V.I.P. Kharmine's Avatar
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    Well, the problem with any kind of criticism is that somebody is bound to feel offended about someone else's observations and opinions no matter how carefully put, no matter how many facts may bear out against emotion.

    But it does appear that for some the physical appearance of a dancer is a real landmine of a topic and maybe this thread, to stay reasonable, should focus solely on technique.

    That's my recommendation, but as I don't have the expertise to get into that I will bow out of this thread.

  5. #35
    Moderator Shanazel's Avatar
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    Quote Originally Posted by Gabi View Post
    Anorexia is a pimple on a nats arse compared to the disease of obesity.
    People die of complications of both of these problems. It is a strange thing, though- society is far more likely to attach moral judgements to health issues that have to do with weight than they are to problems like lupus or MS, as if an individual who must struggle with a weight related disorder is somehow weak or inferior to those who don't have the problem. It adds one more layer of angony to a struggle that no sane person would wish upon herself or anyone else.
    "Well, now that we have seen each other," said the unicorn " if you'll believe in me, I'll believe in you."

  6. #36
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    Quote Originally Posted by Shanazel View Post
    People die of complications of both of these problems. It is a strange thing, though- society is far more likely to attach moral judgements to health issues that have to do with weight than they are to problems like lupus or MS, as if an individual who must struggle with a weight related disorder is somehow weak or inferior to those who don't have the problem. It adds one more layer of angony to a struggle that no sane person would wish upon herself or anyone else.
    Zzzzzactly - and this of course is also true of anyone with any problem involving psychological issues. It is very unfortunate.

    It's bad enough we all get and are susceptible to this at large; I really wish women would try to be more careful not to use their own slant of the issues to make judgements of those with the opposite slant.

    Just to keep this a little on target

    My view - I've seen dancers that people have called wicked names on both ends of the spectrum who have been absolutely delightful and most of them perfectly healthy. It's the DANCE ability that counts. Even if a dancer is struggling with issues of anorexia or obesity that would hopefully be viewed with an open mind (and without pre-judgment in the abscence of direct knowledge) and the understanding that those dancers may benefit from doing and performing our dance even more than most who would generally be considered more attractive and healthy appearing.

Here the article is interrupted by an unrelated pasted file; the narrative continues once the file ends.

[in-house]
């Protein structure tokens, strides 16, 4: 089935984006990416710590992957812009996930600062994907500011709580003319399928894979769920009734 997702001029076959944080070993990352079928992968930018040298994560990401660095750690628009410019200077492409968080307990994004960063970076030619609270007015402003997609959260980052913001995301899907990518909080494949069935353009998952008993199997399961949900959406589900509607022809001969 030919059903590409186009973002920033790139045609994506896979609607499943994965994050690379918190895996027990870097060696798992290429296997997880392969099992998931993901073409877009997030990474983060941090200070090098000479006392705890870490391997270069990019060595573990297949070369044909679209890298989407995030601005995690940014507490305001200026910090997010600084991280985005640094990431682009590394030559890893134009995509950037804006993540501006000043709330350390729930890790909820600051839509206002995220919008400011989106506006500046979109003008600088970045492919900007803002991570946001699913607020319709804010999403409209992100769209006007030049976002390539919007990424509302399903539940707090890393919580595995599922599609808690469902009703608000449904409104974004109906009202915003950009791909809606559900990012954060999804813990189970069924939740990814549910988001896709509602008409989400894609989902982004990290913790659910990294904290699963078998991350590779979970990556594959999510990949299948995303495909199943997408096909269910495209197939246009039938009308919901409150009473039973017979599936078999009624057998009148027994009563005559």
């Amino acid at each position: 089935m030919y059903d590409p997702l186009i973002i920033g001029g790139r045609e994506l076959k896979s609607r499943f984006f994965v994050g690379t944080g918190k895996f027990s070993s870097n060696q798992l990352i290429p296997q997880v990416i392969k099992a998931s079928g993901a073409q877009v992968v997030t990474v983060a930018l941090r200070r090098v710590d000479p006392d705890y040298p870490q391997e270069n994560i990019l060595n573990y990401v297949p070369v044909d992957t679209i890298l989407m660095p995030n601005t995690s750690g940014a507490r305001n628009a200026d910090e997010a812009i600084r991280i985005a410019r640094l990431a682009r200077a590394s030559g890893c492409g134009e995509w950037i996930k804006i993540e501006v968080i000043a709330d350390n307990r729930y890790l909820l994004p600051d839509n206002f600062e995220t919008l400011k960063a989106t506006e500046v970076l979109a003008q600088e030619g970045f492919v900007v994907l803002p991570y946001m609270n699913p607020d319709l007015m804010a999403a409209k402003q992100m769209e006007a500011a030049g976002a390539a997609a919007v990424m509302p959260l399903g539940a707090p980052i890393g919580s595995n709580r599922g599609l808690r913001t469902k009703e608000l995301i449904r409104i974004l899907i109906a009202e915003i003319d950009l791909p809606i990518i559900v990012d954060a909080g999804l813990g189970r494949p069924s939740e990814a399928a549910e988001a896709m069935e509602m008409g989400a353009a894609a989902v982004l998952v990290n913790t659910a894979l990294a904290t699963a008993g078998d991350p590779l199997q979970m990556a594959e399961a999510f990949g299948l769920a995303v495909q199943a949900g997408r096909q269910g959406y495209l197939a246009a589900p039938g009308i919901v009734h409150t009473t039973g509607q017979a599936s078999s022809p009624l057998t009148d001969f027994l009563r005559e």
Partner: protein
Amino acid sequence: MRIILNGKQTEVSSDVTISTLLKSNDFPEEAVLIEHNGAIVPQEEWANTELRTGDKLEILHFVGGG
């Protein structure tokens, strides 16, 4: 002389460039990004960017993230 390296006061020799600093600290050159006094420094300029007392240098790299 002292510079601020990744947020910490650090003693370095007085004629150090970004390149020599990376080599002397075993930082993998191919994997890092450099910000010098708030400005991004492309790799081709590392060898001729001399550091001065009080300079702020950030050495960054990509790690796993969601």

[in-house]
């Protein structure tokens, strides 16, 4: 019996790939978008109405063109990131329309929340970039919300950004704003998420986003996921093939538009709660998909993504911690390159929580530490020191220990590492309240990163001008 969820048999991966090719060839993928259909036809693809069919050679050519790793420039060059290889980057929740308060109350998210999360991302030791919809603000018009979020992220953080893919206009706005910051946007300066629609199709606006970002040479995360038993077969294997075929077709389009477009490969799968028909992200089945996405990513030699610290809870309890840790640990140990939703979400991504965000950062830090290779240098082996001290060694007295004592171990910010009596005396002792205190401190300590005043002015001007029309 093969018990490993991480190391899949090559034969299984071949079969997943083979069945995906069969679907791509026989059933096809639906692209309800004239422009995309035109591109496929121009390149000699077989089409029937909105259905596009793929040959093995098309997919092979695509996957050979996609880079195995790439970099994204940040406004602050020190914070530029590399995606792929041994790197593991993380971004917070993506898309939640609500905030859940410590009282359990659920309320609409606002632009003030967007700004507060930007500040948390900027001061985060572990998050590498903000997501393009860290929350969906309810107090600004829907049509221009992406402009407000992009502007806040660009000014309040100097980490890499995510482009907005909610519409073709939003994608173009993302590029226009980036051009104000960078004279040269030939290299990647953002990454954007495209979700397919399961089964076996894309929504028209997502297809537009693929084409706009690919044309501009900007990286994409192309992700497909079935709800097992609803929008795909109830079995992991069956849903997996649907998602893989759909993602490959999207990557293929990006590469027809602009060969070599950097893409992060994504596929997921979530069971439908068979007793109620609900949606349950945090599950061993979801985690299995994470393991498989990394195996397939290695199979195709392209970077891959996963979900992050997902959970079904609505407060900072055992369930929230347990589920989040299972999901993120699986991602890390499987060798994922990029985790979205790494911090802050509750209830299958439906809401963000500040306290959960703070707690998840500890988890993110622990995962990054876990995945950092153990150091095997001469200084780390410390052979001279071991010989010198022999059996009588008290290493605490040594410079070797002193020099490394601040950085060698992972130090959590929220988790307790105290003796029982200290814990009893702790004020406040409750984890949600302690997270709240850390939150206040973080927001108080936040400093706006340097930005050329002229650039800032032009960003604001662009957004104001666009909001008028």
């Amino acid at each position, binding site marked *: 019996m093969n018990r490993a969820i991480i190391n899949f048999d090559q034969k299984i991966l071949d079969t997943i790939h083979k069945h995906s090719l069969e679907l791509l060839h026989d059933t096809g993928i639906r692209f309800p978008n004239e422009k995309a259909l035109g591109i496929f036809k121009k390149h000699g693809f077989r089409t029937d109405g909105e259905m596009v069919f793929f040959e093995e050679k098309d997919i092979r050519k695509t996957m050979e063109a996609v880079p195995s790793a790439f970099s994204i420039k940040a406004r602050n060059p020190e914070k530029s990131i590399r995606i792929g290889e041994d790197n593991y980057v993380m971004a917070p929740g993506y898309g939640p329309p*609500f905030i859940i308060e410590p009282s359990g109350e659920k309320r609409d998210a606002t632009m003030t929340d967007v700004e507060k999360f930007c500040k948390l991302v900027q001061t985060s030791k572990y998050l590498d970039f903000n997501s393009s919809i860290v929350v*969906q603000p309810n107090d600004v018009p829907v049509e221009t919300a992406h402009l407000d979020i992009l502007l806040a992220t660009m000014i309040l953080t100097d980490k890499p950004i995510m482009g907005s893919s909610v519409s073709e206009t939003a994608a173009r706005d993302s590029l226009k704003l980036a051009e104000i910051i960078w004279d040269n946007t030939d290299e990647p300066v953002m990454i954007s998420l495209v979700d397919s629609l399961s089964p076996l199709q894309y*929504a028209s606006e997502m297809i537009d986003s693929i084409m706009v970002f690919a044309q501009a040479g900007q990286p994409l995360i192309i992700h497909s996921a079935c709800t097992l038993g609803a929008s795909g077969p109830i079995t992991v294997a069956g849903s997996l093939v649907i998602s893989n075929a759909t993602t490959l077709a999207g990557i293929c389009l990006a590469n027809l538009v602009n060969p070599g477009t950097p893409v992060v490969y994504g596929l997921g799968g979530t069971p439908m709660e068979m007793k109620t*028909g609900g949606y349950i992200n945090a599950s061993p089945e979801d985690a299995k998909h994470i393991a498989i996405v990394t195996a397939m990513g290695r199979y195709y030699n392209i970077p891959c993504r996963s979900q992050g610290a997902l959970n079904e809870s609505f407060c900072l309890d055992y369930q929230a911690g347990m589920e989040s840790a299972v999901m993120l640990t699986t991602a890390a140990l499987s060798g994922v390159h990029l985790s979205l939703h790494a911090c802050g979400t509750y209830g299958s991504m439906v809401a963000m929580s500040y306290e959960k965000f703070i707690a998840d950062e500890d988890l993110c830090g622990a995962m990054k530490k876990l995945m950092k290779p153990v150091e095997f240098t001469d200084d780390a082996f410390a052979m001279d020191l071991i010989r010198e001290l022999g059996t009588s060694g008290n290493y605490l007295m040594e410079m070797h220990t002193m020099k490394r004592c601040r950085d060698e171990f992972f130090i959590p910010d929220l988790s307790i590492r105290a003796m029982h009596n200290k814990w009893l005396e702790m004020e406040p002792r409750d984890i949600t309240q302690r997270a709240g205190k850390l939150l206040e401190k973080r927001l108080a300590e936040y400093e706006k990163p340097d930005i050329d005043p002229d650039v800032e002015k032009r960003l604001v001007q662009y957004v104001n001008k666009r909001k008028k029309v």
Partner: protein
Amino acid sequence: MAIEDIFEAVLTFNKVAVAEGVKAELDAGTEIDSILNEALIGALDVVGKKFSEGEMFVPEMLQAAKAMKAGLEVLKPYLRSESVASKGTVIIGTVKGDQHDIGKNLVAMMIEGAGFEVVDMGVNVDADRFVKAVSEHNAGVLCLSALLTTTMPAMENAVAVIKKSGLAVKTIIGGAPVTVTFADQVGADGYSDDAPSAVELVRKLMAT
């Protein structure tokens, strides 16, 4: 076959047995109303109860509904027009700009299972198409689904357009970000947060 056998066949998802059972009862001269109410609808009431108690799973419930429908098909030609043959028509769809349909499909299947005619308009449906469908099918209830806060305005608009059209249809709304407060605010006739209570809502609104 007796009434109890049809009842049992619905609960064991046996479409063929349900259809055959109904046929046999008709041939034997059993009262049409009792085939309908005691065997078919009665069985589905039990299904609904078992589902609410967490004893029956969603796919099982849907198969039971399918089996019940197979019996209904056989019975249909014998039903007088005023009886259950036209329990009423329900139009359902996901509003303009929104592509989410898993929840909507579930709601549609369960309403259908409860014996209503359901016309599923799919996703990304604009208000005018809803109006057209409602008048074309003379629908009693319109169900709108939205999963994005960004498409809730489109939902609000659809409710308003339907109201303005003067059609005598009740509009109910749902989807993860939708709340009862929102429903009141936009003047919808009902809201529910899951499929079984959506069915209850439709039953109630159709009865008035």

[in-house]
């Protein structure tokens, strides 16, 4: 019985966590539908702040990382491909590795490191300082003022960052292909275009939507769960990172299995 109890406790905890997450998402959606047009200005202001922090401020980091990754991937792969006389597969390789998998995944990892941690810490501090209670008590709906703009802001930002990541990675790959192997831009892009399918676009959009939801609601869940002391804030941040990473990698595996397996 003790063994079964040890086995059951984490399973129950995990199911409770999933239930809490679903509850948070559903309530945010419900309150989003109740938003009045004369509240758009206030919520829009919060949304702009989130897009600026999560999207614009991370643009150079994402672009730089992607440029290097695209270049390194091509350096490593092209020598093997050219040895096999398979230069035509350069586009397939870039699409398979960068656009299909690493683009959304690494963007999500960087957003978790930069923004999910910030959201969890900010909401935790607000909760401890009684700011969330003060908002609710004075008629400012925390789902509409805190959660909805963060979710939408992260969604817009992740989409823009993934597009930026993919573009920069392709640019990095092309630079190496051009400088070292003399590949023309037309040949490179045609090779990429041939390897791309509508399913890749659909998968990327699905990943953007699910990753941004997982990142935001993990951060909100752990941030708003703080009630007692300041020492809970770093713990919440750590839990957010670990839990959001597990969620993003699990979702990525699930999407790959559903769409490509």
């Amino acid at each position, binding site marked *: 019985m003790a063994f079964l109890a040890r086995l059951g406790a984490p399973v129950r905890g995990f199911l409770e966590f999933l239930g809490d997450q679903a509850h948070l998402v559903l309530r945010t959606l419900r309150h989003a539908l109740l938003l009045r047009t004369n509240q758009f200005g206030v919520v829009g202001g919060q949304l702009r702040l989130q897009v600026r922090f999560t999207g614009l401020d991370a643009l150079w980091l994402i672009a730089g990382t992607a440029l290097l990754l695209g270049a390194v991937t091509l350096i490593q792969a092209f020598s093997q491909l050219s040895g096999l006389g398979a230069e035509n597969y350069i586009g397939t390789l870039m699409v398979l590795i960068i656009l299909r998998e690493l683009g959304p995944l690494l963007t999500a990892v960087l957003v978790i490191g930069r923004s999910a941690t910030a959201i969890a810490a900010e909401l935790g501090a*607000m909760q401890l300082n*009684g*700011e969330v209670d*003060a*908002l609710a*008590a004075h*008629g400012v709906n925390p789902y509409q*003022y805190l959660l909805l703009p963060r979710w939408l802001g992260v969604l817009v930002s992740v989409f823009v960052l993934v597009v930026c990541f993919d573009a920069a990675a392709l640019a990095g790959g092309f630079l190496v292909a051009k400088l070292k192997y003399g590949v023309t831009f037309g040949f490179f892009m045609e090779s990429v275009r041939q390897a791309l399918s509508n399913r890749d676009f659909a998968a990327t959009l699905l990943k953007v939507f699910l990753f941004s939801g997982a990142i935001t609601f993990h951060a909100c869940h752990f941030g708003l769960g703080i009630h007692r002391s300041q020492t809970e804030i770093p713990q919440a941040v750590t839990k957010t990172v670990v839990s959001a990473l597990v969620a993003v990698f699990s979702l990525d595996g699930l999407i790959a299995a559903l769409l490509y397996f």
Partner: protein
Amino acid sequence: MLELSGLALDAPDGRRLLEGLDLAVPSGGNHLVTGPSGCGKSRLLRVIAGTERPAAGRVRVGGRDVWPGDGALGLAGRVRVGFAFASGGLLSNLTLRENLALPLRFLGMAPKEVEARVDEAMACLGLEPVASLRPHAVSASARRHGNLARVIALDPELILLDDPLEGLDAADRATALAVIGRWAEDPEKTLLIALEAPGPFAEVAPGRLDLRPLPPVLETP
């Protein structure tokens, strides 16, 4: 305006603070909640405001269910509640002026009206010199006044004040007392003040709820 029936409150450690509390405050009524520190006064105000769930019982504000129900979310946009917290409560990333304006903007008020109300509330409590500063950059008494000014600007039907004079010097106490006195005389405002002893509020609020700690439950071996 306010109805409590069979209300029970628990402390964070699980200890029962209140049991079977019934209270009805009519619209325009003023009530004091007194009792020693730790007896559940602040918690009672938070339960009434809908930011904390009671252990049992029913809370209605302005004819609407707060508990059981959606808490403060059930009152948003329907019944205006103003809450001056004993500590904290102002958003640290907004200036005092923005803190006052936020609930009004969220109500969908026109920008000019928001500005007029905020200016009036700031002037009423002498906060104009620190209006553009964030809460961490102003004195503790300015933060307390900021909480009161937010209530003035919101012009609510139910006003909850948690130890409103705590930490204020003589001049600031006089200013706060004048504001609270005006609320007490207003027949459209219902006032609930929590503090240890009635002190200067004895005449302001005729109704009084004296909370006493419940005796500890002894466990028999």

7. #37
    V.I.P. Aziyade's Avatar
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    My "least favorite" performances seem to revolve around one theme -- a poor fusion of Middle Eastern "cabaret" and ballet/modern/ballroom/jazz whatever western dance.

    Maybe I'm just obstinate in my old age, but most of what I've seen in this genre just fails miserably. I want to ask these women, "what was your theme? what was your goal? What were you trying to say?" but then I don't want to get involved in a long discussion about how I don't understand and appreciate their "art" (a la any discussion from Bhuz regarding last year's Rakkassa.)

    Oddly enough, I can appreciate and enjoy a lot of Tribal fusions -- maybe because those dancers typically fuse in East Indian or Central Asian and that makes more sense to me. Dalia Carella and Amaya come to mind as some of the better artists in that vein.

    The best performances are those I've seen live. I only wish I could have seen Nadia Gamal live. Sigh...

  8. #38
    Member Recnadocir's Avatar
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    Big Grin

    The best performances are always when it's a group of women, they go on just before me, have very long hair, and do lots of those arcing head movements where their hair sweeps back and forth across the floor. Yes! Thanks ladies! Sweep the floor for mahty mahty Ri-co!

  9. #39
    Premium Member Aniseteph's Avatar
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    Quote Originally Posted by Recnadocir View Post
    The best performances are always when it's a group of women, they go on just before me, have very long hair, and do lots of those arcing head movements where their hair sweeps back and forth across the floor. Yes! Thanks ladies! Sweep the floor for mahty mahty Ri-co!
    And this happens how often?

  10. #40
    Member Recnadocir's Avatar
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    Quote Originally Posted by Aniseteph View Post
    And this happens how often?
    In my imagination, it happens every time. Then after I strike my final pose, they all come back on stage and fan me with palm fronds while chanting: "We got-a Ri-co, mahty mahty Ri-co!"

    In reality, the floor sweep thing has happened a couple of times. The fanning and chanting, not yet. But I'm the eternal optimist!